Returning to Patient M, once she had run out of conventional alcoholic drinks, she drank a bottle of my Geoffrey Lean hair-restorer; then she went to the garage and drank my supply of Delinpol anti-freeze (much to the annoyance of Hannan my chauffeur). Finally, getting desperate, she drank a bottle of her own Possumgon, a product she uses to protect the roof of her Australian home from enthusiastic marsupials.

Her drinking is irregular, but when she decides to have a "binge" or "meltdown," she is often seen on the internet, posting insults on blogs (including my own). For some reasons she particularly hates Catholics, especially serious ones.

Patient M seems to be immune to poison, according to her nephew Eccles. The old photograph below shows M and her friend informing a visitor that they had added some arsenic to his drink, "To give it some bite."

Arsenic and Old Lace

Well, it's difficult to know what to do in such cases, but if enough people buy my book The Fix, I will be able to do some more in-depth research (Tenerife looks like a promising place to start).

Tuesday, 15 May 2012

The Telegraphies

The Telegraphies

Who can resist the jolly antics of the Telegraphies - Molly, Micky, Marky and Pau? With their silly catch-phrases and their crazy games, they have become an instant hit on the Telegraph blogs.

* We giggle as Molly, the senile one, thinks up more revolting insults than ever before. We chuckle as she tells us about her tolerance for all religions except orthodox Catholicism. We fall asleep as she tells us anecdotes about her "rels". Molly's the one who drinks all the hair-restorer.

* We smile as little Micky, the one who may be male or female (or something in between), pastes dozens of links to anti-Catholic articles on dodgy websites and says "ROFL" whenever challenged to debate an issue seriously. Weep with Micky when she (or perhaps he) tells you how dreadfully unfair life is. Micky's the one whose only friend is a llama.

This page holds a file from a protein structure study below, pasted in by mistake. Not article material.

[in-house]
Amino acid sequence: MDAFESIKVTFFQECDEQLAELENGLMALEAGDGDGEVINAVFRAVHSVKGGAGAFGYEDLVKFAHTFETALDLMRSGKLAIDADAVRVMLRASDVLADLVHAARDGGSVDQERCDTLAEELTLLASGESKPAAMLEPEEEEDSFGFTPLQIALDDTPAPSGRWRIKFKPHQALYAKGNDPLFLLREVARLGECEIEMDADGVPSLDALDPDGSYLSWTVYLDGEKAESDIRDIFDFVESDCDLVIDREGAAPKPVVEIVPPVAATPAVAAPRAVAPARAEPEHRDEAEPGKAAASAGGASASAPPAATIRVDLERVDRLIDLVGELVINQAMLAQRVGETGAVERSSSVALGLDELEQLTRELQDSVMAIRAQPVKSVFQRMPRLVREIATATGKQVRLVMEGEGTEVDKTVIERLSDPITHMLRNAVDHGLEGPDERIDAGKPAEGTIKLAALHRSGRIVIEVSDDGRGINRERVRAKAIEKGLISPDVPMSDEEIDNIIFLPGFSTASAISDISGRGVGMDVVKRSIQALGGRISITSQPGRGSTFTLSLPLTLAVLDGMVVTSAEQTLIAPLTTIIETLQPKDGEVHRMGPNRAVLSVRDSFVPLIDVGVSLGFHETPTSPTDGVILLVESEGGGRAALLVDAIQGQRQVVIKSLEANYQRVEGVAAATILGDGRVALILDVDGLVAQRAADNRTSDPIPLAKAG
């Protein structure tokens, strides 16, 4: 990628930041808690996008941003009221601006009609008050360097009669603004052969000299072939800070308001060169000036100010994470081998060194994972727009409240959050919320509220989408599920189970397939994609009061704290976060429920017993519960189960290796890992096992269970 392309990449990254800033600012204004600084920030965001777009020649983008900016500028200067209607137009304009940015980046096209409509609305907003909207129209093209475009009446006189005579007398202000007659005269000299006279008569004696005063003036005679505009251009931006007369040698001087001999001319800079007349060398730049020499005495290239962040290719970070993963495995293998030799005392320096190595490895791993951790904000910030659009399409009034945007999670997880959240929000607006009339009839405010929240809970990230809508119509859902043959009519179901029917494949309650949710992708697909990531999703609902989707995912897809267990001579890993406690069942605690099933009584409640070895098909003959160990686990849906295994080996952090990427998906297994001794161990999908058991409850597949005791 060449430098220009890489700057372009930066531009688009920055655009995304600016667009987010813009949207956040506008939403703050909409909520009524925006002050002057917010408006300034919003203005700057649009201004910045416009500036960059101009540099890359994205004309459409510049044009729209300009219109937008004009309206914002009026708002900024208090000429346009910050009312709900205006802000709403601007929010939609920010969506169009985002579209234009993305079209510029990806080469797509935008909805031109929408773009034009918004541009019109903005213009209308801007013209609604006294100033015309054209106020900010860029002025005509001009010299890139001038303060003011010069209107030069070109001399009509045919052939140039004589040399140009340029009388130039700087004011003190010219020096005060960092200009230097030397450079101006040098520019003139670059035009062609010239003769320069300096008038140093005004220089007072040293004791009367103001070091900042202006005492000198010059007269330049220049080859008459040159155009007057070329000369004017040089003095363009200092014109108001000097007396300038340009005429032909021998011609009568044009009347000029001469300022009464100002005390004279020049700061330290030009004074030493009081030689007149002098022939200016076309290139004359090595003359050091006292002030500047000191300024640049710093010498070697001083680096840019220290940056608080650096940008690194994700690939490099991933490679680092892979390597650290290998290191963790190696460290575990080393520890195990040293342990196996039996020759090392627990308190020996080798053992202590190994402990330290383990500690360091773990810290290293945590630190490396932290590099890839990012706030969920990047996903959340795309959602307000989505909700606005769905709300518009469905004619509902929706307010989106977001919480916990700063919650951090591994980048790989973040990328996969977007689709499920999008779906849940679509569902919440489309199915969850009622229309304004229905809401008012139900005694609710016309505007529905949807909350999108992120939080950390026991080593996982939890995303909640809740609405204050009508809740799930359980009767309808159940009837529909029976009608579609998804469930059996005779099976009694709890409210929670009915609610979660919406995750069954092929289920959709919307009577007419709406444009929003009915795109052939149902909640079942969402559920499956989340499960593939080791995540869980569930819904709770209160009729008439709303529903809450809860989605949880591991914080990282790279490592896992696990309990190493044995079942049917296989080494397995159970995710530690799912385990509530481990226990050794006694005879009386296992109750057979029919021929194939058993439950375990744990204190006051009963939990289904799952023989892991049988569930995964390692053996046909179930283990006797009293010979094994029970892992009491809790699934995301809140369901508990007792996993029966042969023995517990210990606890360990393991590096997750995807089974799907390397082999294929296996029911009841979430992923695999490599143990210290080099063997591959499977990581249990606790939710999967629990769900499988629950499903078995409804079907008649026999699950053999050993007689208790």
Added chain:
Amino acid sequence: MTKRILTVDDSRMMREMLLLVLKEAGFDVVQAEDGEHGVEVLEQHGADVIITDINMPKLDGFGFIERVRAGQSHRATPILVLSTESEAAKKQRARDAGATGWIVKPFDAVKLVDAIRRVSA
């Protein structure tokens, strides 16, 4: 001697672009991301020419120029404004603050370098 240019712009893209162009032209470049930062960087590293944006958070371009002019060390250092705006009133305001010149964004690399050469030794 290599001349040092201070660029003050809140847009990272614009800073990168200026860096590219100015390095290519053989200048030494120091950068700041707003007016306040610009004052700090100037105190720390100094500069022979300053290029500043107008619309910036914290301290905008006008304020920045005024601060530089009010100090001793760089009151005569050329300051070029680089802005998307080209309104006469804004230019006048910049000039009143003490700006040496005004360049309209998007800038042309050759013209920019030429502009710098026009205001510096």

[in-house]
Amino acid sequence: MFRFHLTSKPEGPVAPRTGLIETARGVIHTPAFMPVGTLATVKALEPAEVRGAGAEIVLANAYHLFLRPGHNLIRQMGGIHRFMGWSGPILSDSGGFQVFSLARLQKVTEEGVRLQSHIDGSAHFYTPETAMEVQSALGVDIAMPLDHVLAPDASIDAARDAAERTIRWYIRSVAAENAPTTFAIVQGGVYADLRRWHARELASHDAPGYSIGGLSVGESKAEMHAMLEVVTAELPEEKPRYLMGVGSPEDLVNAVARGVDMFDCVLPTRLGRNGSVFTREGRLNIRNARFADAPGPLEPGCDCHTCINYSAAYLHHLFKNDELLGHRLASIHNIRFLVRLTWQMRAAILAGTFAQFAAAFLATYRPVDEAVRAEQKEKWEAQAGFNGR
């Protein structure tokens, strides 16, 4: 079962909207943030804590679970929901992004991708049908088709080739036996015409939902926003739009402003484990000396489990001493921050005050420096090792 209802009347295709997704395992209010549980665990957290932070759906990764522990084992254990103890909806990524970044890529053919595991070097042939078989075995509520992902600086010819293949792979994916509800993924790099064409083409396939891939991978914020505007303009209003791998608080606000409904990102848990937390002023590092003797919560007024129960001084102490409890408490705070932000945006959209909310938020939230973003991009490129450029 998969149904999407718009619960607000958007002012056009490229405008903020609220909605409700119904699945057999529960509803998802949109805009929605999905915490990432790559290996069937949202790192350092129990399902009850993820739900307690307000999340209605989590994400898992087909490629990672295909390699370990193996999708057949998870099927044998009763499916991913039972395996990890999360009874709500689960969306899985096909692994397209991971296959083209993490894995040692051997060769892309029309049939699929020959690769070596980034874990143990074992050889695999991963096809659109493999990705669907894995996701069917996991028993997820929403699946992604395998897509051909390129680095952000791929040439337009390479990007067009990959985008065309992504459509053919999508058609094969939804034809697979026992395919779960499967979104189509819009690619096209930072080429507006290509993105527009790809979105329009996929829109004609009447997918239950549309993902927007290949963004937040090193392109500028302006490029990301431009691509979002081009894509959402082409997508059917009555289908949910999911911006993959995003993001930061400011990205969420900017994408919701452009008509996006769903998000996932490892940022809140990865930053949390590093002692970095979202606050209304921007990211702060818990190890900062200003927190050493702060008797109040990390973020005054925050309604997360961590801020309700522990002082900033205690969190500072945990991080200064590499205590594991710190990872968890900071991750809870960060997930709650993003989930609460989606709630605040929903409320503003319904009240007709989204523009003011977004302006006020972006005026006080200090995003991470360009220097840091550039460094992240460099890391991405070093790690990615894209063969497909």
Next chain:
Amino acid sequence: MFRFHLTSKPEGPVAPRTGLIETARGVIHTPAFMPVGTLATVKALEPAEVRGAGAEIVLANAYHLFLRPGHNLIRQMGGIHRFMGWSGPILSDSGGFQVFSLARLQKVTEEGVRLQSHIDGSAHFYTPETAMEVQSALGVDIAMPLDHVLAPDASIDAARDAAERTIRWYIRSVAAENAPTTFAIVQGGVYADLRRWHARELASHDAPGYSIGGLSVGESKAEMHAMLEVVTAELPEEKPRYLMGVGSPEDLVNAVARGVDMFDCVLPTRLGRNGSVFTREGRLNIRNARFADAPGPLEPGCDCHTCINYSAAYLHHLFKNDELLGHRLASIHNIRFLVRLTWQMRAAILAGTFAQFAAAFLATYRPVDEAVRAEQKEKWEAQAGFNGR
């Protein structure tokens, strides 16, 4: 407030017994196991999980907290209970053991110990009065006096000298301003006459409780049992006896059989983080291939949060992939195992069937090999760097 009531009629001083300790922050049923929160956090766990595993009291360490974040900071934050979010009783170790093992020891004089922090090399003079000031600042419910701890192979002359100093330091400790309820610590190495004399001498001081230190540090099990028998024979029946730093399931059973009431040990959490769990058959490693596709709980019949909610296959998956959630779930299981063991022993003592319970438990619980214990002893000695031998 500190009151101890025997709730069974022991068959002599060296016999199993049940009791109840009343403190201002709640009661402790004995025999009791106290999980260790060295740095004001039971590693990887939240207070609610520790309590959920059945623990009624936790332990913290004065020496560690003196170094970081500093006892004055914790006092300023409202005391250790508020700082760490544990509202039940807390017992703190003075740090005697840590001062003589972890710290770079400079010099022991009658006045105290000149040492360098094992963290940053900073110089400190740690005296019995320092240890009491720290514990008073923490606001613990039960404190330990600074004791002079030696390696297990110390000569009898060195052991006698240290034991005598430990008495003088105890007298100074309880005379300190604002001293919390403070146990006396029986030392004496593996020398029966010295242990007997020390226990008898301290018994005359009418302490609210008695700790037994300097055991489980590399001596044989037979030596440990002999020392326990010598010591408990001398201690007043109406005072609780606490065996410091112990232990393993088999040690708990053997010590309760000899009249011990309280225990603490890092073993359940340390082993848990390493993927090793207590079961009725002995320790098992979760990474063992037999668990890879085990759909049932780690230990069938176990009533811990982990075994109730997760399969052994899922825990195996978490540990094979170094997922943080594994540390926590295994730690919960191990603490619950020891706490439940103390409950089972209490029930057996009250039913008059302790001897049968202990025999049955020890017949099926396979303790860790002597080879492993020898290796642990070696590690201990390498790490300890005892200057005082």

* Then there's Marky, the intellectual of the group, who has read Dawkins and Einstein, and thinks they are theologians. However, Marky really prefers to curl up with a good story about child abuse.

* Finally there's creepy old Pau, the "gay icon," who trawls the internet, looking for information about his victims. Pau likes religion, but not the serious bits.

And now Damian Thompson says "Bye-bye."

Damian Thompson

Monday, 14 May 2012

Bad hymns 2

Today we have an interview with the great Graham Kendrick, writer of a popular "Christian song."

E: Well, Mr Kendrick, your hymn, "Shine, Jesus, Shine," which is extremely popular with the under-9 age group, but which drives all adults crazy, has been nominated for the prestigious Eccles Bad Hymn Award. We recently interviewed one of your rivals, Sydney Carter, and now we come to you.

GK: It's great to be here, Eccles.

E: First the meaning of the song, then. Does the photograph below give some idea of your intentions when you refer to "Shine"? Romans 10:15? How beautiful are the feet of them that preach the gospel of peace?



GK: No, I don't think you have fully grasped the meaning of my song, Eccles. It is more to do with the idea of Jesus, the Light of the World, shining in the darkness.

E: I see. Well, of course that is stressed very well in the first verse, where you use the word "Shine" or "Shining" no less than five times (out of a total of 15 in the entire song, I think). Let's move on a bit, skipping over the embarrassing bit where you try to rhyme "presence" and "radiance," making the latter just two syllables, "Ray-jence."

GK:  Yes, many people have told me that the song doesn't really scan. If you clap your hands or bang your head against the wall at various points, it makes it go past a bit more smoothly.

E: Now, what's all this "Flow, river flow, Flood the nations with grace and mercy" stuff? Is that not a little insensitive these days, when we see many people threatened with flood water? Which river would that be, anyway?

flood the nations

Flood the nations.

GK: I'm afraid I didn't have any particular river in mind. The verse refers to "Jesus," then "Spirit," so I thought I'd add a cunning twist by not mentioning the "Father" but using "River" instead. If it makes people think of  the Big Guy in the Sky as "Old Man River," then that's all to the good, surely?